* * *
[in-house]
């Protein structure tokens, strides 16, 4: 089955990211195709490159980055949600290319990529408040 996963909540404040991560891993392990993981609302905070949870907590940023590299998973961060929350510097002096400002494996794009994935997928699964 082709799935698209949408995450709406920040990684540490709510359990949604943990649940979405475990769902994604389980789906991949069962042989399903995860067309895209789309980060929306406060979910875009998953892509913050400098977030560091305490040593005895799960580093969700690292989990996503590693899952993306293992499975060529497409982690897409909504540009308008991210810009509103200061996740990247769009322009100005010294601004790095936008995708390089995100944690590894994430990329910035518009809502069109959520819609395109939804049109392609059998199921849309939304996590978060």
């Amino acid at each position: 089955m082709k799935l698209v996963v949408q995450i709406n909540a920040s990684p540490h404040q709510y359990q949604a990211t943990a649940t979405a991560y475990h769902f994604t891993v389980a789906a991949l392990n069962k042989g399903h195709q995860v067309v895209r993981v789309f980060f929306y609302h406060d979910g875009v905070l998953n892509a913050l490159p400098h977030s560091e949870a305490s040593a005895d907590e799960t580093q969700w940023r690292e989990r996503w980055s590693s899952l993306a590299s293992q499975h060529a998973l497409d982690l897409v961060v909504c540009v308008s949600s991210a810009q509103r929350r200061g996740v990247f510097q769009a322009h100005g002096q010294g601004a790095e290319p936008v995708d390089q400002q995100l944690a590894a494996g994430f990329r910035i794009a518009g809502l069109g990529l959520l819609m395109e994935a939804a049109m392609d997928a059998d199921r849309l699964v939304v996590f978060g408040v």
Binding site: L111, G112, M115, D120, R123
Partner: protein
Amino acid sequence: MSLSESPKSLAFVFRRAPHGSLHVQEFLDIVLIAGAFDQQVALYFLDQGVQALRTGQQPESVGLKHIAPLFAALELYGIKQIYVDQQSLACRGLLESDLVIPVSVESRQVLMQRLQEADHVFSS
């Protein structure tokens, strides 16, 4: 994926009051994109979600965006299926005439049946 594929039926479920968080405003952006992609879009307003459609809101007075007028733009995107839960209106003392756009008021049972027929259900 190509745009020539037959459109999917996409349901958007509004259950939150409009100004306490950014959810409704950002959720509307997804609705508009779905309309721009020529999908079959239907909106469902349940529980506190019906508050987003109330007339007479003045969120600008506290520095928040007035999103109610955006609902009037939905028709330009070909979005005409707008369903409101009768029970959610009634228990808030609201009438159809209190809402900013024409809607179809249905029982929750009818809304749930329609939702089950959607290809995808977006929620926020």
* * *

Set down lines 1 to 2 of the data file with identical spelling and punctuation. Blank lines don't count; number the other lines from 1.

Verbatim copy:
[in-house]
């Protein structure tokens, strides 16, 4: 089955990211195709490159980055949600290319990529408040 996963909540404040991560891993392990993981609302905070949870907590940023590299998973961060929350510097002096400002494996794009994935997928699964 082709799935698209949408995450709406920040990684540490709510359990949604943990649940979405475990769902994604389980789906991949069962042989399903995860067309895209789309980060929306406060979910875009998953892509913050400098977030560091305490040593005895799960580093969700690292989990996503590693899952993306293992499975060529497409982690897409909504540009308008991210810009509103200061996740990247769009322009100005010294601004790095936008995708390089995100944690590894994430990329910035518009809502069109959520819609395109939804049109392609059998199921849309939304996590978060």